*Introduction*

The circle method is the Hardy-Littlewood method (1920s), ``any method involving Harmonic analysis that counts solutions of Diophantine questions'', including Kloosterman methods.

**Example. **
Consider a homogeneous polynomial
of degree . We count

where

Let as as slowly as you like, . We look at

For
, the *minor arcs*, then should be ``randomly'' behaved, so one tries to show:
when
. If true, then

In particular, this will not work for varieties which fail the Hasse principle. The basic techniques work for all number fields , or even for or other function fields.

*Scope of the Circle Method*

The circle method works with ``sufficiently many'' variables.

**Proposition. ***[Birch 1957]
Given forms
, of respectively odd degrees
, and provided that
is large enough, then there exists a rational point on
.
*

This method diagonalizes each of the forms, but at a great cost:

**Example. **
For , one has (Davenport 1963);
(Schmidt 1984).
(Dietmann-W).

**Proposition. ***[Birch 1962]
Let
be homogeneous of degree . Let
. Then whenever
, one has asymptotic to a product of local densities as before.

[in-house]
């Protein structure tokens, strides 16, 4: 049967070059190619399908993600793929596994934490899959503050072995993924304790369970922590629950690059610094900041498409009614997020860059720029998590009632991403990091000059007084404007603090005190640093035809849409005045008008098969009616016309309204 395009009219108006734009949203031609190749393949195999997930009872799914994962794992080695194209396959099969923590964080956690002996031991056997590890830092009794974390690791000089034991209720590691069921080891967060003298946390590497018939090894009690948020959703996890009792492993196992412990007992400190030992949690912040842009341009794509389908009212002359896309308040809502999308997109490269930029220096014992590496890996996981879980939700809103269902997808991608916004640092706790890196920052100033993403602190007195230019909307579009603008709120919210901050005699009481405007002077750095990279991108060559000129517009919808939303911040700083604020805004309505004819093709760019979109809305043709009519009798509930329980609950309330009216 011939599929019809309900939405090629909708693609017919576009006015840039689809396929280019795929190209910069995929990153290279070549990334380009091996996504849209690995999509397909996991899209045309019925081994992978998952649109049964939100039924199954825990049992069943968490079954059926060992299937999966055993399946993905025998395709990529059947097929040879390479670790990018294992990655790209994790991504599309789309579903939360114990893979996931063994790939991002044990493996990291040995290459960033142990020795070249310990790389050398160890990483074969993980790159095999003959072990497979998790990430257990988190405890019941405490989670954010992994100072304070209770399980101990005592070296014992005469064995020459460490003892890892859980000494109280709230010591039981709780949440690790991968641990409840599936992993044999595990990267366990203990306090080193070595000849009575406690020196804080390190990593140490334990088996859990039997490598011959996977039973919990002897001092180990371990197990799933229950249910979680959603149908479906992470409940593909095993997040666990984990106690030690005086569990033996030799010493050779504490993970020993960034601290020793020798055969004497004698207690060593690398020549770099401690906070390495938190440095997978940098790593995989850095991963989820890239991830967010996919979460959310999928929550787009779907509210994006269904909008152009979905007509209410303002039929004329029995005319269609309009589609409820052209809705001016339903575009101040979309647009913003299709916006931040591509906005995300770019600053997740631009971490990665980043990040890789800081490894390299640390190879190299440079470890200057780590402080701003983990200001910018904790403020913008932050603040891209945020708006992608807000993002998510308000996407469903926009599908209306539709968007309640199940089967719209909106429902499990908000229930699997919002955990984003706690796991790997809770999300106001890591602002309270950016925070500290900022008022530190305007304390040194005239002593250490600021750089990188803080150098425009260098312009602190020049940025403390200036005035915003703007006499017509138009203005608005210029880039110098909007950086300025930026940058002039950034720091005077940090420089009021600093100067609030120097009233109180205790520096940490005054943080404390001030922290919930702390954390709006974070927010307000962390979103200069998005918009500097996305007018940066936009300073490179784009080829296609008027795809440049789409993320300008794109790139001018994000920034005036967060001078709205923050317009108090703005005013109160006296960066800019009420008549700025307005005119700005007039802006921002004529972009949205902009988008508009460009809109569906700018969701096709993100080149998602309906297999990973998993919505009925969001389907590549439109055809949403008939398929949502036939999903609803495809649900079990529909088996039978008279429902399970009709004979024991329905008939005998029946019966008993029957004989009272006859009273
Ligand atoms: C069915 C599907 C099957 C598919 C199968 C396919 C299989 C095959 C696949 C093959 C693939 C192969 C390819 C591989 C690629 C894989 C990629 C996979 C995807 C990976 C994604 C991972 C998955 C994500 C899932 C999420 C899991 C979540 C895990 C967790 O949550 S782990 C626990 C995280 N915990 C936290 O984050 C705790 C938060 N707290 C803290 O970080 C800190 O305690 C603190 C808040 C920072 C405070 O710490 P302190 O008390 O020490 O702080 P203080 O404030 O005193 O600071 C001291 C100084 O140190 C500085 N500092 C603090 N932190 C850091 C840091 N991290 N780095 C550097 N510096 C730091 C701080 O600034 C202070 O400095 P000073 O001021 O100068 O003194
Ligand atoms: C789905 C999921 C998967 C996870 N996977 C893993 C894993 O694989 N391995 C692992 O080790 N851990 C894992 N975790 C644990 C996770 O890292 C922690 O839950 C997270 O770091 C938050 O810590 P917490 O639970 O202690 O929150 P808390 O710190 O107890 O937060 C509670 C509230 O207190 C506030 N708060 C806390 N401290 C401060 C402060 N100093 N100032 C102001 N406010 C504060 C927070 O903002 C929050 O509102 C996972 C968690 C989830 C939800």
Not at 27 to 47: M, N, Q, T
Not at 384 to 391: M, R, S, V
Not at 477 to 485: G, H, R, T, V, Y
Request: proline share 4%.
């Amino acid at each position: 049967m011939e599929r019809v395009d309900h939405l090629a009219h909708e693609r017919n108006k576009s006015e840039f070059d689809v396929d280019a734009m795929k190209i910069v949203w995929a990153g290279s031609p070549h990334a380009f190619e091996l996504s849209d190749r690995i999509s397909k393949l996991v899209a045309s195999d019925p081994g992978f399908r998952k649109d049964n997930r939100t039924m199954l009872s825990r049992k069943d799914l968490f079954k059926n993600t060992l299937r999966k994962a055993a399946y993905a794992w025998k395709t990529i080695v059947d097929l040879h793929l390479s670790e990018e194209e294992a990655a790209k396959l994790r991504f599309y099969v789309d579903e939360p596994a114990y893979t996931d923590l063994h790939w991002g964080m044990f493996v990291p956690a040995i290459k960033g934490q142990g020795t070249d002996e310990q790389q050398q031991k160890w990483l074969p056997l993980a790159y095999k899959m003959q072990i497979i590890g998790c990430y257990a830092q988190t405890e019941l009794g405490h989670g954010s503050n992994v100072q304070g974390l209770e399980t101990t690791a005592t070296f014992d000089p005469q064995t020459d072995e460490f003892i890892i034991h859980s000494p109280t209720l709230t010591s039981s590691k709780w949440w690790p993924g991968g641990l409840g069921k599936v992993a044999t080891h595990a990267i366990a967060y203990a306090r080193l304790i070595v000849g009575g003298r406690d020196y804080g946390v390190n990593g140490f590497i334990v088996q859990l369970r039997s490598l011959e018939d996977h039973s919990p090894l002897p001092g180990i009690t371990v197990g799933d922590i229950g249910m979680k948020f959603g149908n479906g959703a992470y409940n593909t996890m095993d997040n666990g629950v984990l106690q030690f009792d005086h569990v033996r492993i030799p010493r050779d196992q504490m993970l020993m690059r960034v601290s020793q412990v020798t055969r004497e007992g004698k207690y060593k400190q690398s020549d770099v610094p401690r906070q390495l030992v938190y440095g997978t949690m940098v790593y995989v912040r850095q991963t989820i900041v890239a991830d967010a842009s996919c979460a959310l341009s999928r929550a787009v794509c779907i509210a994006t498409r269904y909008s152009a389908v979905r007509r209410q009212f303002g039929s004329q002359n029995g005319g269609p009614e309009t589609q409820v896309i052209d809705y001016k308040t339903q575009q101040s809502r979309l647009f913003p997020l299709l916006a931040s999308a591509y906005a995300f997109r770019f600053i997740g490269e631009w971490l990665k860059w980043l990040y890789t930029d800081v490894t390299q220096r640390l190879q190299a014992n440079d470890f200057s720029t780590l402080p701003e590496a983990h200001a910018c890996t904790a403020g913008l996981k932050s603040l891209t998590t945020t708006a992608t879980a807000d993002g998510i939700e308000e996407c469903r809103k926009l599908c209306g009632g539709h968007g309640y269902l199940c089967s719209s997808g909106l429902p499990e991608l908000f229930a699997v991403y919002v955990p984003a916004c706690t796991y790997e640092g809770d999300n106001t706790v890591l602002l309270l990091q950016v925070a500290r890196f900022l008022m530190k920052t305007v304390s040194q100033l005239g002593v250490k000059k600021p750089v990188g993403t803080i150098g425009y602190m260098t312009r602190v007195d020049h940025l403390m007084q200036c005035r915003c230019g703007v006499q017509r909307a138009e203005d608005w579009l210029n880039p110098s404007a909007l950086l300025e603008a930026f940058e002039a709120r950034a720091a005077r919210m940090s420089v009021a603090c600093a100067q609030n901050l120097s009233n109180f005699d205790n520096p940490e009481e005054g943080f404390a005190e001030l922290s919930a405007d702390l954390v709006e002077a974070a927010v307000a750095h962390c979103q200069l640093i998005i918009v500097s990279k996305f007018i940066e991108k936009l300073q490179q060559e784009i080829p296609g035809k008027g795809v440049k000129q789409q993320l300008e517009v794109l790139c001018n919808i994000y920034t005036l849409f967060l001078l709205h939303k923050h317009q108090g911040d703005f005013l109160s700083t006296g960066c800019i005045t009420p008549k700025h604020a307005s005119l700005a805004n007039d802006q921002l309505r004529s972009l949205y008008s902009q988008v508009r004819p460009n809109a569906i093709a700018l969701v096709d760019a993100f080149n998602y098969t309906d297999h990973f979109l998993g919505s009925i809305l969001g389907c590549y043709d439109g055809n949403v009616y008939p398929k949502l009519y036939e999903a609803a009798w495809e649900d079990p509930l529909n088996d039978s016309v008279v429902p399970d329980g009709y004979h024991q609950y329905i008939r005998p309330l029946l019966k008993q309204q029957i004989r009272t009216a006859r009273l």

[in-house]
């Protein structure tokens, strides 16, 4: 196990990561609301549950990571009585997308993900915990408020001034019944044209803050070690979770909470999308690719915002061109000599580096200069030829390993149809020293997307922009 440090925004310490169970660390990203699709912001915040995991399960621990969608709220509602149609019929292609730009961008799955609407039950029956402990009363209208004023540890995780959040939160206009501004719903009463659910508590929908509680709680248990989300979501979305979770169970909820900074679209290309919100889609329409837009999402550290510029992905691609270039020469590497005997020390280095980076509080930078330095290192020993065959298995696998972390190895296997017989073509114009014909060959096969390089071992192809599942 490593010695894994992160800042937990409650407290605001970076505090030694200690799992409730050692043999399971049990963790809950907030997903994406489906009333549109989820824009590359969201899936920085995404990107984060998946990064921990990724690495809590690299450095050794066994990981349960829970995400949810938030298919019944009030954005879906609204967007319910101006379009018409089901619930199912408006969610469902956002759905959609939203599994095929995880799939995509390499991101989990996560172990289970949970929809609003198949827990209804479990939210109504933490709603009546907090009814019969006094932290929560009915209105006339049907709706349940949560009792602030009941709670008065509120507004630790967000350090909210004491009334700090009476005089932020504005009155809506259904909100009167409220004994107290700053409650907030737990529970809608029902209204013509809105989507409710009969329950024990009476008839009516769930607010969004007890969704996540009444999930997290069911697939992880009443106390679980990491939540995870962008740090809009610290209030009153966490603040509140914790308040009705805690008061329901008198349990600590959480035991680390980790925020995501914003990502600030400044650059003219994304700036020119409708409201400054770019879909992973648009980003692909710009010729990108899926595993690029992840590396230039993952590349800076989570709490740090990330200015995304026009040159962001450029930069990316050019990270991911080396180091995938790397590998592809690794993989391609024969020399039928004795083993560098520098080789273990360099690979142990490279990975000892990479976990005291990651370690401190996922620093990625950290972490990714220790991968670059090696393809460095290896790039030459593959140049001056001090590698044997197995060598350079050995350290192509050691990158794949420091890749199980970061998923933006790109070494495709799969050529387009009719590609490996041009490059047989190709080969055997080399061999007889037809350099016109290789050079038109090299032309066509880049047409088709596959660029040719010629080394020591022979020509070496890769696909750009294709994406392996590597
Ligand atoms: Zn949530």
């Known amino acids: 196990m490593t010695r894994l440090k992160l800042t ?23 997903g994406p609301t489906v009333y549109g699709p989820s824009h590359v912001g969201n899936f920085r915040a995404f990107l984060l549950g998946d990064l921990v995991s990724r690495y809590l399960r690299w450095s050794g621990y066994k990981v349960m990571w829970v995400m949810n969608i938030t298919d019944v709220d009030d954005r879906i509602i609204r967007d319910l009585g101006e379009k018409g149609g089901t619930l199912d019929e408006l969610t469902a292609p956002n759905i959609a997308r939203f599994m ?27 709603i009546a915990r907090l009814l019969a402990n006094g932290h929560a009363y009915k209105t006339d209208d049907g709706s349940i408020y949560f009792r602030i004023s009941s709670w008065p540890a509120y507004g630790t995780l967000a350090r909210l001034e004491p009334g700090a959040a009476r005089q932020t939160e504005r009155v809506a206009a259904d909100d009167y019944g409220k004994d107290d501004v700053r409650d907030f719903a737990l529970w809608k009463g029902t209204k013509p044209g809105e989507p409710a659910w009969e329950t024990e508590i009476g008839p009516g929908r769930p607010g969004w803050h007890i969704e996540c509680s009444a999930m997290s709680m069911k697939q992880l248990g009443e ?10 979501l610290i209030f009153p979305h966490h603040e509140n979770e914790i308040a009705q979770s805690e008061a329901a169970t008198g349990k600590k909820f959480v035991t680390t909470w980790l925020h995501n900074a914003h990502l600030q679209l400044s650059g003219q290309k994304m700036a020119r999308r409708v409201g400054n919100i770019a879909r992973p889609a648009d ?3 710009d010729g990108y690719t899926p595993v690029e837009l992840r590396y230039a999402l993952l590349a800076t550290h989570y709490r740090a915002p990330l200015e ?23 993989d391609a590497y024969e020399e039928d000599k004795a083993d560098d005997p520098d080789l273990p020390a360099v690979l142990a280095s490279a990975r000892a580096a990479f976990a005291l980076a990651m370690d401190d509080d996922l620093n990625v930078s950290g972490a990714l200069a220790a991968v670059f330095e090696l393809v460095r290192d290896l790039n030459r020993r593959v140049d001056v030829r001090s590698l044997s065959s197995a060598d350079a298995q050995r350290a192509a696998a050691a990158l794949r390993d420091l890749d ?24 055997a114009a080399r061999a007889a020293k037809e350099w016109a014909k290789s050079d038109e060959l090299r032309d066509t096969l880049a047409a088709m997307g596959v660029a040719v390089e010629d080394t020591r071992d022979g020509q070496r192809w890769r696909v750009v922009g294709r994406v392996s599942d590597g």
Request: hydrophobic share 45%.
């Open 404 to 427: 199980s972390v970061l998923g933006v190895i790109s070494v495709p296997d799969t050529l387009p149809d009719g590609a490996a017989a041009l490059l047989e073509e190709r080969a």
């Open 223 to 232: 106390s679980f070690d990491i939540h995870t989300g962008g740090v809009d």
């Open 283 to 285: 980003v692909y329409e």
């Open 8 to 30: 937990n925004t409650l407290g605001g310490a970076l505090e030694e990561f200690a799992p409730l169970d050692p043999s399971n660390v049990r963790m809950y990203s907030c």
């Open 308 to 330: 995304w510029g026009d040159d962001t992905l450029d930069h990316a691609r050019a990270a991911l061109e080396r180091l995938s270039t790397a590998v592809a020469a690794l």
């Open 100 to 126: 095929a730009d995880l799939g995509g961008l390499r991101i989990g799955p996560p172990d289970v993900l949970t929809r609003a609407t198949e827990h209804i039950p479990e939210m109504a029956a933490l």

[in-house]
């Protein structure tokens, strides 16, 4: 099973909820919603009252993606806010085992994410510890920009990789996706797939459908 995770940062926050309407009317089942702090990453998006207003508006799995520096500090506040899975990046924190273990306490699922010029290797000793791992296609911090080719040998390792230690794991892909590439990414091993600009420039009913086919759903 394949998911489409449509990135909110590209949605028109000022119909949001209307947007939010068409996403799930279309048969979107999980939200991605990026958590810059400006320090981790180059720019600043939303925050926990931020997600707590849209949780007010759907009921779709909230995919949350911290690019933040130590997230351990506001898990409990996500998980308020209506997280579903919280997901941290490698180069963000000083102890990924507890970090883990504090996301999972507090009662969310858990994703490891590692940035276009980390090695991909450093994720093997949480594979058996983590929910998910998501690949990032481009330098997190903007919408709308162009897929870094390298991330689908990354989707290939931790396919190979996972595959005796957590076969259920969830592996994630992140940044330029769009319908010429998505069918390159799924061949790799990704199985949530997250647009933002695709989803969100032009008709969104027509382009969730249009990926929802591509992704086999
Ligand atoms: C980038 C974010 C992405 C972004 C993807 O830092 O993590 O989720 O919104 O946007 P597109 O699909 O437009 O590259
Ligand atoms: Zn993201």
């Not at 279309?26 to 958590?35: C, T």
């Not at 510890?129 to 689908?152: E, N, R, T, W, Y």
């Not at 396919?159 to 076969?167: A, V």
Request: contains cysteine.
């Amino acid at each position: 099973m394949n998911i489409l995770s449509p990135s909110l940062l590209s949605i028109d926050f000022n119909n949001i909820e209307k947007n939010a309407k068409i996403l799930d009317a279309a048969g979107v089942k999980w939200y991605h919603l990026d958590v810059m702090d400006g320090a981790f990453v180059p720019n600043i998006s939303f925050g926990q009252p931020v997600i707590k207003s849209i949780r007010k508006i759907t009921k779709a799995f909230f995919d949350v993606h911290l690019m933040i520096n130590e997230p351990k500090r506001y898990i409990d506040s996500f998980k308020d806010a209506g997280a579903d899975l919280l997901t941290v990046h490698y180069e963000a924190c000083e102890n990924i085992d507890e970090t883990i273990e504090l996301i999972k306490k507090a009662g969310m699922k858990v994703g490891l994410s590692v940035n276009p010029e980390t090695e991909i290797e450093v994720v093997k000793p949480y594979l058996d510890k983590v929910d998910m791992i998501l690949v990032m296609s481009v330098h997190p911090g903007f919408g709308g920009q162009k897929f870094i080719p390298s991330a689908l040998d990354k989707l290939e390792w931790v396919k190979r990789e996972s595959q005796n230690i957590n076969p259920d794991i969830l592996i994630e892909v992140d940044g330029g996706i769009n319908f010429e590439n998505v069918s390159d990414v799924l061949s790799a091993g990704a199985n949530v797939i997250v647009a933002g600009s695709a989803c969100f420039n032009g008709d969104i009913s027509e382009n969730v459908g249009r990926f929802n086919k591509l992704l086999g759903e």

*

The difficulty of this result depends on the singular locus being reasonably small in dimension. This holds for any number field, and it is probable that this holds for a function field assuming the characteristic is sufficiently large.

**Proposition. ***[Heath-Brown 1983, Hooley 1988]
For , we have the Hasse principle for nonsingular cubic forms.
*

We now turn to some simpler situations.

**Proposition. ***[Brudem-W]
If
,
binary, homogeneous of degree , then is asymptotic to the product of local densities whenever
*

For a diagonal form , work by Hua, Vaughan, Heath-Brown, the same conclusion holds for

Presumably: should suffice for the method to work.

Simultaneous equations: we expect need variables for form of degree makes it look we need variables for forms of degree . For , ( ), the number of variables required is given by: if the forms are in general position, and , then we have an asymptotic formula. For diagonal cubics, . For diagonal cubics, one has the Hasse principle whenever (Brudeur, W).

*Keys to Success*

We have the major arcs

For a rational number, we have

One can handle the case for small by using the mean value theorem,

For the minor arcs, we want to show . One has Weyl differencing: letting , we have

Finally, there is recent work of Heath-Brown and Skorobogatov: For , a norm form of degree , then the Brauer-Manin obstruction is the only one to weak approximation and the Hasse principle. One uses descent to , where the circle method gives weak approximation and the Hasse principle. One can generalize this to the case

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